“The Bachelor in Paradise ‘secret relationship’ reminded me why I hate modern day dating.”

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Brett Moore was someone I had never seen before. Though he was apparently on Sophie Monk’s season of The Bachelorette, I’m choosing to call his entrance into Paradise on Sunday my official introduction to him, and to begin with, I had no issues. That is, until he opened his mouth and he said a string of words that rang so many bells my ears just about self-destructed.

It went a little something like this: “Steph and I have been ‘seeing each other’ for about a year now but I’m actually single.”

A year.

Brett spent 365 days just casually viewing Steph’s lovely face. To be clear, Australia, Brett is not exclusively with Steph. No, he just likes to look at her. So much so, he’s been doing it for 365 entire days.

My problem isn’t with people who aren’t relationship types of people. I get it. You’re attractive, young, wild, free etc. etc. Want to play the field? Go for it. Don’t want anything serious? Fine. But a whole year of spending time with someone signals to me otherwise. So, tell me: When did we start labelling every single stage leading up to an “exclusivity”?

This isn’t the first time I’ve heard someone say something along these lines. Before any of my taken friends entered into a relationship, there was a period of uncertainty that created apprehension for either one or both parties, also known as the “seeing each other” stage. It came right after a phase of casual dating and lingered on until someone posed the question of exclusivity.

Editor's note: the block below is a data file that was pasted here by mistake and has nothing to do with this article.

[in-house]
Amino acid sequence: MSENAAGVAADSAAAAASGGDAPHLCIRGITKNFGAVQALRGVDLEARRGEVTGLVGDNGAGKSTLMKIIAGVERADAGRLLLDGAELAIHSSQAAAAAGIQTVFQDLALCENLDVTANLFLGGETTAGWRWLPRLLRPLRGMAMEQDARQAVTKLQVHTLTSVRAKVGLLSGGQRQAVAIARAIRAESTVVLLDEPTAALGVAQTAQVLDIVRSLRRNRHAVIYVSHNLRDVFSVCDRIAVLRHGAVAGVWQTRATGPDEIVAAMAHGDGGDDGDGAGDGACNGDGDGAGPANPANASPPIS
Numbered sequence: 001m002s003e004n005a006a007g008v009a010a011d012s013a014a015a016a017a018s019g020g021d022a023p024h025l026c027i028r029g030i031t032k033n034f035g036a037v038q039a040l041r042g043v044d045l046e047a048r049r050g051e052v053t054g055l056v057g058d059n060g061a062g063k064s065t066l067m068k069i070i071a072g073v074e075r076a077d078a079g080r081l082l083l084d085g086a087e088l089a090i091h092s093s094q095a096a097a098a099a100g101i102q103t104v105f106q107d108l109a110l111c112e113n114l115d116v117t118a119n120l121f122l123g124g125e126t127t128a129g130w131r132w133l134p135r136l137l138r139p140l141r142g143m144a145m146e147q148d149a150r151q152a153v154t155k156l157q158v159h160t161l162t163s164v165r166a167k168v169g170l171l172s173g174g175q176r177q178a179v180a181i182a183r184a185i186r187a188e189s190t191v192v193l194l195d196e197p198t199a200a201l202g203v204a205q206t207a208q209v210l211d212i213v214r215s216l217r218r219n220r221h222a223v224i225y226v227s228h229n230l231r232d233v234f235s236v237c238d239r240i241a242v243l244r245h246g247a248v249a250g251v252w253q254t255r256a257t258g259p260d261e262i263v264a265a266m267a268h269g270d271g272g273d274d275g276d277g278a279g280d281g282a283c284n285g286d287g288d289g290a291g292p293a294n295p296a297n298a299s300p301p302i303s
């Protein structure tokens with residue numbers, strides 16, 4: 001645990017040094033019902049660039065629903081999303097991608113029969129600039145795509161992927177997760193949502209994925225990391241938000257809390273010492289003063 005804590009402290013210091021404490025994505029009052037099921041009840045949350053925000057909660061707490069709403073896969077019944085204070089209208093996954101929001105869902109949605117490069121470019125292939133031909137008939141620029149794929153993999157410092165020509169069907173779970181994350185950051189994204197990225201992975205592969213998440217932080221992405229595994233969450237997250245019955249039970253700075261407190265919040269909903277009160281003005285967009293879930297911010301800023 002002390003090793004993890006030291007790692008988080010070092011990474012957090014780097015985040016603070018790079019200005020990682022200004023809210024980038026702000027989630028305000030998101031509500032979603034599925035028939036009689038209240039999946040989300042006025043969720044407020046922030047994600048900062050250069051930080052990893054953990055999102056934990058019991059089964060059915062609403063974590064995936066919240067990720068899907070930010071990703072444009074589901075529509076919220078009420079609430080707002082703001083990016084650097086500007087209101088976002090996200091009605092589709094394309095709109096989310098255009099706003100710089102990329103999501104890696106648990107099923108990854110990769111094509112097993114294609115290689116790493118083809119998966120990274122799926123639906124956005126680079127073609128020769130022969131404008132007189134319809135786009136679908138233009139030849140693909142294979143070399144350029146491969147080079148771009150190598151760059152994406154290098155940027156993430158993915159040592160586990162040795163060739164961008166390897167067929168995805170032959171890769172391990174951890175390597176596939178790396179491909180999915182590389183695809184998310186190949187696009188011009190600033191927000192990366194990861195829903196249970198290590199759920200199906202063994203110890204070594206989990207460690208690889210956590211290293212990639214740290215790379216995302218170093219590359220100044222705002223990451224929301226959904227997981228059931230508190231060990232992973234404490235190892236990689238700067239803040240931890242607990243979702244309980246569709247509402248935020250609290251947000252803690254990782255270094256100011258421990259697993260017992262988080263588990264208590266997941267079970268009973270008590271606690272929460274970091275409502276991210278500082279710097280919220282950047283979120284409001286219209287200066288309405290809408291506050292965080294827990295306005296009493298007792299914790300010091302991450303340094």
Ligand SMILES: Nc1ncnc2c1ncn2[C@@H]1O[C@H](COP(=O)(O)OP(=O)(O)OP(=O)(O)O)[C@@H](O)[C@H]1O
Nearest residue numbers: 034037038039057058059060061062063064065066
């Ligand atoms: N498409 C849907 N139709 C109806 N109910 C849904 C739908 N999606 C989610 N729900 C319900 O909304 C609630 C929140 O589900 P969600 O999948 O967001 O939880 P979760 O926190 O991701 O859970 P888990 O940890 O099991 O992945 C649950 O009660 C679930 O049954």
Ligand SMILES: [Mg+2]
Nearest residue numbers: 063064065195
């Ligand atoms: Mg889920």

But hold up, Osher, because even then, there’s no rose yet. After one would ask the other to be exclusive, they still weren’t officially a couple. There may be weeks, if not months of waiting. Twiddling thumbs until one of the two bit the bullet and asked the other to be their official girlfriend/boyfriend. How. Exhausting.

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Someone, please, hand me a manual of some sort, ‘cause this stuff’s darn perplexing.

After consulting a few older couples, it seems to be a form of classification only younger people practice, and honestly, it’s probably one of the many sound reasons every other generation criticises us.

It’s as if we’re allergic to commitment, scrambling for excuses to be indecisive and to justify disloyalty on a technicality.

Please, Ross. No one ASKED YOU TO YELL. via GIPHY

With the risk of sounding old fashioned, the concept of courtship seems pretty simple. Sure, the lead up to a real relationship certainly isn’t black and white, but millennials have made it a multi-coloured amalgamation of mush that has completely overcomplicated what should be a somewhat pleasant experience. I’m no expert, but if you like someone, it makes clear sense to fully commit to the idea of getting to know that one, singular person. Conveniently keeping your options open seems more like a strategy than the natural progression of a relationship.

Whether you chose to continue the relationship long term or not is up to you, but the need to have some type of deeply anticipated, nerve wracking confirmation ceremony about every step prior to that seems unnecessarily convoluted and frankly, stupid.

Now, relationships everywhere are being undervalued with a simple, “oh, it wasn’t official, I was just seeing him/her”. DO YOUR EYES NOT HURT THOUGH?!

So much murky water, so many blurry lines. If anything proved that, it was Monday night’s departure of Brett, where the collective confusion of other contestants regarding his relationship status sent him home… to Steph, probably, because we’re all well aware of his penchant for looking at her on a casual basis, no strings attached.

The only true aspect about calling a relationship exclusive is that it’s exclusively bollocks. Let’s strip away the obscurity and kick it old school, people.

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